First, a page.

(PC) Pouncil v. Sherman et al, No. 1:2017cv00547 - Document 20 (E.D. Cal. 2018)

Court Description: FINDINGS and RECOMMENDATIONS to Dismiss Defendant Stu Sherman and Request for Declaratory Relief 19 , signed by Magistrate Judge Barbara A. McAuliffe on 11/30/2018: 14-Day Deadline. (Hellings, J)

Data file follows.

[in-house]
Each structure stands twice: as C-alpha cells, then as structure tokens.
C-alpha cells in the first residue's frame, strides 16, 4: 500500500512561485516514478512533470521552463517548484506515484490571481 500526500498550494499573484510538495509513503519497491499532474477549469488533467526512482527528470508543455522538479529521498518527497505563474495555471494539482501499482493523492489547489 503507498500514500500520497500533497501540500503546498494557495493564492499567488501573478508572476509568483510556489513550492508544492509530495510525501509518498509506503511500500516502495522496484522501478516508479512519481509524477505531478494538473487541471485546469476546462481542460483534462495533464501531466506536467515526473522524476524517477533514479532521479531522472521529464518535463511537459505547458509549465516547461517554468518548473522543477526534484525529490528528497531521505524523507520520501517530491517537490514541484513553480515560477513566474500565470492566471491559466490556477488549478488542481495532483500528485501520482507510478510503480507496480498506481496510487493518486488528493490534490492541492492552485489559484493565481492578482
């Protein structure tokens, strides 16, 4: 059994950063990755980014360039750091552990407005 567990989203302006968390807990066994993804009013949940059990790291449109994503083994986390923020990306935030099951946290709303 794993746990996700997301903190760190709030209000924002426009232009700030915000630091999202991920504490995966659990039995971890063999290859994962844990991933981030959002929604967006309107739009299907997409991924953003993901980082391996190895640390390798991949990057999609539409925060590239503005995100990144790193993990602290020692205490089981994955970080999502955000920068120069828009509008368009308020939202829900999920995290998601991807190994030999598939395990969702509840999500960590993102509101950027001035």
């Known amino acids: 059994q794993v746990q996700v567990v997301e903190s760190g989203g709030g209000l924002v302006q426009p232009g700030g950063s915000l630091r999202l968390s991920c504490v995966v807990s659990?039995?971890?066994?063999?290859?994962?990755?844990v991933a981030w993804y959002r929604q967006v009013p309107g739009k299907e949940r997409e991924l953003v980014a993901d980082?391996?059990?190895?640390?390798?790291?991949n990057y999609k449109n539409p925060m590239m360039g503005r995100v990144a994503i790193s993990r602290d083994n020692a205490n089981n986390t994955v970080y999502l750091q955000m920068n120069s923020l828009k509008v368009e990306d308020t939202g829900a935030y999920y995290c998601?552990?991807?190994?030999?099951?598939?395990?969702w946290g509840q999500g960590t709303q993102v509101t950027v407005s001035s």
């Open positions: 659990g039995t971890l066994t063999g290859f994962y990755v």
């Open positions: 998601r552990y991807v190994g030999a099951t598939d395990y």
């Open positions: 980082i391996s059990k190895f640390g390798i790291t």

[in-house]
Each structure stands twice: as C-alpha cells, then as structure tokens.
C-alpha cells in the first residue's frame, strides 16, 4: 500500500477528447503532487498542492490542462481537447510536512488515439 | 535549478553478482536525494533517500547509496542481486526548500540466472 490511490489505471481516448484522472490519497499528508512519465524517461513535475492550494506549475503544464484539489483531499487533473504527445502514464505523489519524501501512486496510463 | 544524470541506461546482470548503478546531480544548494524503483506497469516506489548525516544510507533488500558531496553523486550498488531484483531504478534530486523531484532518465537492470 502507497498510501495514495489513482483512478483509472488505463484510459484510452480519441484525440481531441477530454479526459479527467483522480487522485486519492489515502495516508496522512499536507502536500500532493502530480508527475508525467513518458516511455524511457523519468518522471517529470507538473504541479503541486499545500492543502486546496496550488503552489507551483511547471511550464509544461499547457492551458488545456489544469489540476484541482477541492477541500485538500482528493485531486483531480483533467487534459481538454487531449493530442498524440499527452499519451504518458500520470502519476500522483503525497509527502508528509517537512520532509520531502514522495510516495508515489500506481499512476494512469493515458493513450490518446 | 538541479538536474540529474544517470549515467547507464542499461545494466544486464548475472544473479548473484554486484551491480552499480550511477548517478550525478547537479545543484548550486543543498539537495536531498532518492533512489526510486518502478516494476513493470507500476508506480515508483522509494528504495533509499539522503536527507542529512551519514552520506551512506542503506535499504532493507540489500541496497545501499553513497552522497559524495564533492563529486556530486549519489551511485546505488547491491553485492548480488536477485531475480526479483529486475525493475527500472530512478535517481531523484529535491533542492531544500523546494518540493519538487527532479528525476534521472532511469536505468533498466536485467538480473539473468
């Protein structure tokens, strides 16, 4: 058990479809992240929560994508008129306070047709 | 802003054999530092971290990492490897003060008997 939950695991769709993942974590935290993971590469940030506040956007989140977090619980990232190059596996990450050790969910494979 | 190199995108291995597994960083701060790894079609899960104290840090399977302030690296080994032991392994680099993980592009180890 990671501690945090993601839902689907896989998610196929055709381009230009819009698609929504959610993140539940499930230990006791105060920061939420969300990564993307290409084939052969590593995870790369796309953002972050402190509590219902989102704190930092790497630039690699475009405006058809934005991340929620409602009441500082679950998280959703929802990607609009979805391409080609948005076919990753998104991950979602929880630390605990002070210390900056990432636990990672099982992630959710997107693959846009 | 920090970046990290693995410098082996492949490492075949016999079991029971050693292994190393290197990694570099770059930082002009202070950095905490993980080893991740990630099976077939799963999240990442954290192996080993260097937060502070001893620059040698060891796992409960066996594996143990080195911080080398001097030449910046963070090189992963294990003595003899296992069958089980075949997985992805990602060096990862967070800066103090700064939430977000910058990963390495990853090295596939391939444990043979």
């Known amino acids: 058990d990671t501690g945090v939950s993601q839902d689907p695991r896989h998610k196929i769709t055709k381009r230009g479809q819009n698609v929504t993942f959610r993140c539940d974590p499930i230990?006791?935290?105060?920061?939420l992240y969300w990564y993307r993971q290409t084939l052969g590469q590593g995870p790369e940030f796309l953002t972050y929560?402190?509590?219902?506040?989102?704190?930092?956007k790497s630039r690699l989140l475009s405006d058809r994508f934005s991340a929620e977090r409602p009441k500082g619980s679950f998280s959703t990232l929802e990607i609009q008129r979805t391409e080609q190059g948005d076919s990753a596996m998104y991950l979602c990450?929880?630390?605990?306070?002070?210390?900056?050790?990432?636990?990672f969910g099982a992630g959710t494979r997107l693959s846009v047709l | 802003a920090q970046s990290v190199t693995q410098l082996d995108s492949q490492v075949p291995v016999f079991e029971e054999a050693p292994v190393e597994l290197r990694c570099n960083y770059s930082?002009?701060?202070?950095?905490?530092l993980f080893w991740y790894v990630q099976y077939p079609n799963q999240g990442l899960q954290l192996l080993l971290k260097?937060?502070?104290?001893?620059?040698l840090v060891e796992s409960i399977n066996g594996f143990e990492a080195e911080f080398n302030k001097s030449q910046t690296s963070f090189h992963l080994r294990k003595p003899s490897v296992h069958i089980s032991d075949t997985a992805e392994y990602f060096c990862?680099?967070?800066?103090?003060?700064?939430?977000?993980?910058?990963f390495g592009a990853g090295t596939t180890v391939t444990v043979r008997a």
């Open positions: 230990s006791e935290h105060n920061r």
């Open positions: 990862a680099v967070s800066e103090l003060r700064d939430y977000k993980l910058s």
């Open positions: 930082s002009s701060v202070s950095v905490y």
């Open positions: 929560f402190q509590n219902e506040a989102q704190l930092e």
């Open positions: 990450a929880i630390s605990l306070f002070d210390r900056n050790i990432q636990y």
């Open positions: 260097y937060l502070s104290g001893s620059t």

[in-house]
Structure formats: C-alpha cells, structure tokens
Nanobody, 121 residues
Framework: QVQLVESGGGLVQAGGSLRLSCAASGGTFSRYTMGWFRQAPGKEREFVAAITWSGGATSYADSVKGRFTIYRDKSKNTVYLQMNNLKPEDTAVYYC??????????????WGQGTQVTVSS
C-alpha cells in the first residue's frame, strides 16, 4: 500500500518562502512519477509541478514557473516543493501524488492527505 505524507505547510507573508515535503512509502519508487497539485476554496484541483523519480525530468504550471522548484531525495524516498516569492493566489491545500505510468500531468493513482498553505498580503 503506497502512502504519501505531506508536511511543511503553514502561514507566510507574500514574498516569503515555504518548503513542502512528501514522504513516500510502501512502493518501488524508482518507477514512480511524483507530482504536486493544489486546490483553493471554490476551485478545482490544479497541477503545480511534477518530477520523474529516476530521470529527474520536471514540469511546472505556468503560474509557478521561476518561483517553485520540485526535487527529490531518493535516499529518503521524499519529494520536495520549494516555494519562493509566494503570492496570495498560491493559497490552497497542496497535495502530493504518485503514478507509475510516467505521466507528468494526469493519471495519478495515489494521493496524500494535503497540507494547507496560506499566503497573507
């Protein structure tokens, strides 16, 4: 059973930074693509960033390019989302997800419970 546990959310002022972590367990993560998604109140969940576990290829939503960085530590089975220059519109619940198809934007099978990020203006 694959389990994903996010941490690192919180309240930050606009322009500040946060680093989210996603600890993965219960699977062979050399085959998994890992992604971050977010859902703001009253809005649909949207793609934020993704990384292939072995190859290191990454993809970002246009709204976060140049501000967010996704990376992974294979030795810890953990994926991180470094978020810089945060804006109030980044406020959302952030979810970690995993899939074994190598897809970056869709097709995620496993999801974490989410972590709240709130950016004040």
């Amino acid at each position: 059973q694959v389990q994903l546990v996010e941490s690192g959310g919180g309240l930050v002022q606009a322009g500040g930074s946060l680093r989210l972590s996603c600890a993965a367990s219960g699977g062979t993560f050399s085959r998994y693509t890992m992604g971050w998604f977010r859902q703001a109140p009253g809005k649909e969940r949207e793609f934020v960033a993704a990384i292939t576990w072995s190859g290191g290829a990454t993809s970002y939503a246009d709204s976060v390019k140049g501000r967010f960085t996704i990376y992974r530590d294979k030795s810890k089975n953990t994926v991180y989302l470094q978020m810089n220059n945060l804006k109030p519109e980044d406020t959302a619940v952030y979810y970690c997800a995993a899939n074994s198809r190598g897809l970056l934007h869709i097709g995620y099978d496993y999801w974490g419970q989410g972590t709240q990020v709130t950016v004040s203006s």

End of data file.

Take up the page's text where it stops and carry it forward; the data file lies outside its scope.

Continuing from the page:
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1 2 3 4 5 6 7 8 UNITED STATES DISTRICT COURT 9 EASTERN DISTRICT OF CALIFORNIA 10 11 12 MADERO POUNCIL, Plaintiff, 13 vs. 14 15 STU SHERMAN, et al., Defendants. 16 17 ) ) ) ) ) ) ) ) ) ) ) ) ) 1:17-cv-00547-AWI-BAM (PC) FINDINGS AND RECOMMENDATIONS TO DISMISS DEFENDANT STU SHERMAN AND REQUEST FOR DECLARATORY RELIEF (ECF No. 19) FOURTEEN-DAY DEADLINE 18 Plaintiff Madero Pouncil is a state prisoner proceeding pro se and in forma pauperis in 19 this civil rights action pursuant to 42 U.S.C. § 1983. This matter was referred to a United States 20 Magistrate Judge pursuant to 28 U.S.C. § 636(1)(B) and Local Rule 302. 21 On May 16, 2018, the undersigned screened Plaintiff’s first amended complaint and 22 recommended dismissal for failure to state a claim upon which relief could be granted. (ECF 23 No. 14.) Plaintiff objected. (ECF No. 15.) On August 6, 2018, the district judge dismissed 24 Plaintiff’s First Amendment, Eighth Amendment and RLUIPA with prejudice, but granted 25 Plaintiff leave to file a second amended complaint only as to his Fourteenth Amendment equal 26 protection claim. (ECF No. 16.) Plaintiff’s second amended complaint, filed on September 17, 27 2018, is currently before the Court for screening. (ECF No. 19.) 28 /// 1 1 I. Screening Requirement and Standard 2 The Court is required to screen complaints brought by prisoners seeking relief against a 3 governmental entity and/or against an officer or employee of a governmental entity. 28 U.S.C. § 4 1915A(a). Plaintiff’s complaint, or any portion thereof, is subject to dismissal if it is frivolous or 5 malicious, if it fails to state a claim upon which relief may be granted, or if it seeks monetary 6 relief from a defendant who is immune from such relief. 28 U.S.C. § 1915A(b)(1), (2); 28 U.S.C. 7 § 1915(e)(2)(B)(ii). 8 A complaint must contain “a short and plain statement of the claim showing that the 9 pleader is entitled to relief. . . .” Fed. R. Civ. P. 8(a)(2). Detailed factual allegations are not 10 required, but “[t]hreadbare recitals of the elements of a cause of action, supported by mere 11 conclusory statements, do not suffice.” Ashcroft v. Iqbal, 556 U.S. 662, 678, 129 S.Ct. 1937, 12 1949 (2009) (citing Bell Atlantic Corp. v. Twombly, 550 U.S. 544, 555, 127 S.Ct. 1955, 1964-65 13 (2007)). While a plaintiff’s allegations are taken as true, courts “are not required to indulge 14 unwarranted inferences.” Doe I v. Wal-Mart Stores, Inc., 572 F.3d 677, 681 (9th Cir. 2009) 15 (internal quotation marks and citation omitted). 16 Prisoners proceeding pro se in civil rights actions are entitled to have their pleadings 17 liberally construed and to have any doubt resolved in their favor. Hebbe v. Pliler, 627 F.3d 338, 18 342 (9th Cir. 2010) (citations omitted). To survive screening, Plaintiff’s claims must be facially 19 plausible, which requires sufficient factual detail to allow the Court to reasonably infer that each 20 named defendant is liable for the misconduct alleged, Iqbal, 556 U.S. at 678, 129 S. Ct. at 1949 21 (quotation marks omitted); Moss v. United States Secret Service, 572 F.3d 962, 969 (9th Cir. 22 2009). The sheer possibility that a defendant acted unlawfully is not sufficient, and mere 23 consistency with liability falls short of satisfying the plausibility standard. Iqbal, 556 U.S. at 678, 24 129 S. Ct. at 1949 (quotation marks omitted); Moss, 572 F.3d at 969. 25 II. Summary of Plaintiff’s Allegations 26 Plaintiff is currently incarcerated at the California Substance Abuse Treatment Facility in 27 Corcoran, California, where the events in the complaint are alleged to have occurred. Plaintiff 28 names Warden Stu Sherman and Correctional Lieutenant D. Lopez as defendants. 2 1 Plaintiff is of Muslim faith, and his religion requires special meals for Ramadan that are 2 similar to the Jewish and Christian faith inmate special meals, such as Passover, Christmas and 3 Easter. Plaintiff alleges that on June 19, 2016, Defendant Lopez refused to allow him to obtain 4 his religious Ramadan meals. 5 Christian and Jewish inmates their food when they are participating in their religious beliefs. 6 Plaintiff contends that he was similarly situated to Jewish and Christian inmates, but was being 7 treated unequally. Plaintiff further alleges that Defendant Lopez’s conduct was discriminatory, 8 and that Defendant Lopez does not deny Christian and Jewish inmates entering into the chow 9 hall when they are participating in their special meals, such as Christmas, Easter and Passover. 10 Plaintiff asserts that Defendant Lopez treated Plaintiff differently than Jewish and Christian 11 inmates without any rational basis for the disparate treatment. 12 13 14 15 Plaintiff also alleges that Defendant Lopez does not deny Plaintiff alleges a violation of the Fourteenth Amendment. He seeks declaratory relief and monetary damages. III. Discussion A. Defendant Sherman 16 Plaintiff’s amended complaint fails to state a cognizable claim against Warden Sherman. 17 As an initial matter, the allegations in the amended complaint do not link Warden Sherman to 18 any constitutional violation. The Civil Rights Act under which this action was filed provides: 19 20 21 Every person who, under color of [state law] ... subjects, or causes to be subjected, any citizen of the United States ... to the deprivation of any rights, privileges, or immunities secured by the Constitution ... shall be liable to the party injured in an action at law, suit in equity, or other proper proceeding for redress. 22 42 U.S.C. § 1983. The statute plainly requires that there be an actual connection or link between 23 the actions of the defendants and the deprivation alleged to have been suffered by Plaintiff. See 24 Monell v. Dep’t of Soc. Servs., 436 U.S. 658 (1978); Rizzo v. Goode, 423 U.S. 362 (1976). The 25 Ninth Circuit has held that “[a] person ‘subjects’ another to the deprivation of a constitutional 26 right, within the meaning of section 1983, if he does an affirmative act, participates in another’s 27 affirmative acts, or omits to perform an act which he is legally required to do that causes the 28 deprivation of which complaint is made.” Johnson v. Duffy, 588 F.2d 740, 743 (9th Cir. 1978). 3 1 Here, Plaintiff’s amended complaint does not link Warden Sherman to any alleged 2 deprivation of his rights. Indeed, Plaintiff’s amended complaint fails to assert any factual 3 allegations involving Warden Sherman. As Plaintiff previously was informed, to the extent he 4 seeks to hold Warden Sherman liable based solely on his/her supervisory position, he may not do 5 so. Liability may not be imposed on supervisory personnel for the actions or omissions of their 6 subordinates under the theory of respondeat superior. Iqbal, 556 U.S. at 676–77; Simmons v. 7 Navajo Cty., Ariz., 609 F.3d 1011, 1020–21 (9th Cir. 2010); Ewing v. City of Stockton, 588 F.3d 8 1218, 1235 (9th Cir. 2009); Jones v. Williams, 297 F.3d 930, 934 (9th Cir. 2002). Supervisors 9 may be held liable only if they “participated in or directed the violations, or knew of the 10 violations and failed to act to prevent them.” Taylor v. List, 880 F.2d 1040, 1045 (9th Cir. 1989); 11 accord Starr v. Baca, 652 F.3d 1202, 1205–06 (9th Cir. 2011); Corales v. Bennett, 567 F.3d 554, 12 570 (9th Cir. 2009). 13 Despite multiple opportunities to amend his complaint, Plaintiff has been unable to cure 14 the deficiencies relative to his claims against Warden Sherman, and further leave to amend is not 15 warranted. Lopez v. Smith, 203 F.3d 1122, 1130 (9th Cir. 2000). The Court will therefore 16 recommend that Warden Sherman be dismissed from this action with prejudice. 17 18 B. Fourteenth Amendment Claim The Equal Protection Clause requires that all persons who are similarly situated should 19 be treated alike. Lee v. City of Los Angeles, 250 F.3d 668, 686 (2001); City of Cleburne v. 20 Cleburne Living Center, 473 U.S. 432, 439, 105 S.Ct. 3249, 87 L.Ed.2d 313 (1985). “The Equal 21 Protection Clause entitles each prisoner to ‘a reasonable opportunity of pursuing his faith 22 comparable to the opportunity afforded fellow prisoners who adhere to conventional religious 23 precepts.’ ” Shakur, 514 F.3d at 891 (quoting Cruz v. Beto, 405 U.S. 319, 321–22 (1972) (per 24 curiam)). To state a claim, Plaintiff must allege facts sufficient to support a claim that prison 25 officials intentionally discriminated against him on the basis of his religion by failing to provide 26 him a reasonable opportunity to pursue his faith compared to other similarly situated religious 27 groups. Cruz, 405 U.S. at 321–22; Shakur, 514 F.3d at 891. 28 4 1 At the pleading stage, Plaintiff’s amended complaint states a cognizable equal protection 2 claim against Defendant Lopez. 3 C. Declaratory Relief 4 Plaintiff’s amended complaint seeks a declaratory judgment. “A declaratory judgment, 5 like other forms of equitable relief, should be granted only as a matter of judicial discretion, 6 exercised in the public interest.” Eccles v. Peoples Bank of Lakewood Village, 333 U.S. 426, 7 431 (1948). “Declaratory relief should be denied when it will neither serve a useful purpose in 8 clarifying and settling the legal relations in issue nor terminate the proceedings and afford relief 9 from the uncertainty and controversy faced by the parties.” United States v. Washington, 759 10 F.2d 1353, 1357 (9th Cir. 1985). 11 If this action reaches trial and the jury returns a verdict in favor of Plaintiff, then that 12 verdict will be a finding that Plaintiff’s constitutional rights were violated. Accordingly, a 13 declaration that any defendant violated Plaintiff’s rights is unnecessary, and the Court will 14 recommend that Plaintiff’s request for declaratory relief be dismissed from this action. 15 IV. Conclusion and Recommendation 16 Plaintiff’s second amended complaint states a cognizable Fourteenth Amendment equal 17 protection claim against Defendant Lopez. However, Plaintiff’s amended complaint fails to state 18 a cognizable claim against Defendant Stu Sherman or for declaratory relief. 19 Defendant Sherman and the request for declaratory relief should be dismissed with prejudice for 20 the reasons explained. Therefore, 21 Accordingly, it is HEREBY RECOMMENDED that this action proceed only on 22 Plaintiff’s Fourteenth Amendment equal protection claim against Defendant Lopez and that 23 Defendant Stu Sherman and Plaintiff’s request for declaratory relief be dismissed with prejudice. 24 These Findings and Recommendation will be submitted to the United States District 25 Judge assigned to the case, pursuant to the provisions of Title 28 U.S.C. § 636(b)(l). Within 26 fourteen (14) days after being served with these Findings and Recommendation, Plaintiff may 27 file written objections with the Court. The document should be captioned “Objections to 28 Magistrate Judge’s Findings and Recommendation.” Plaintiff is advised that failure to file 5 1 objections within the specified time may result in the waiver of the “right to challenge the 2 magistrate’s factual findings” on appeal. Wilkerson v. Wheeler, 772 F.3d 834, 839 (9th Cir. 3 2014) (citing Baxter v. Sullivan, 923 F.2d 1391, 1394 (9th Cir. 1991)). 4 5 6 7 IT IS SO ORDERED. Dated: /s/ Barbara November 30, 2018 A. McAuliffe _ UNITED STATES MAGISTRATE JUDGE 8 9 10 11 12 13 14 15 16 17 18 19 20 21 22 23 24 25 26 27 28 6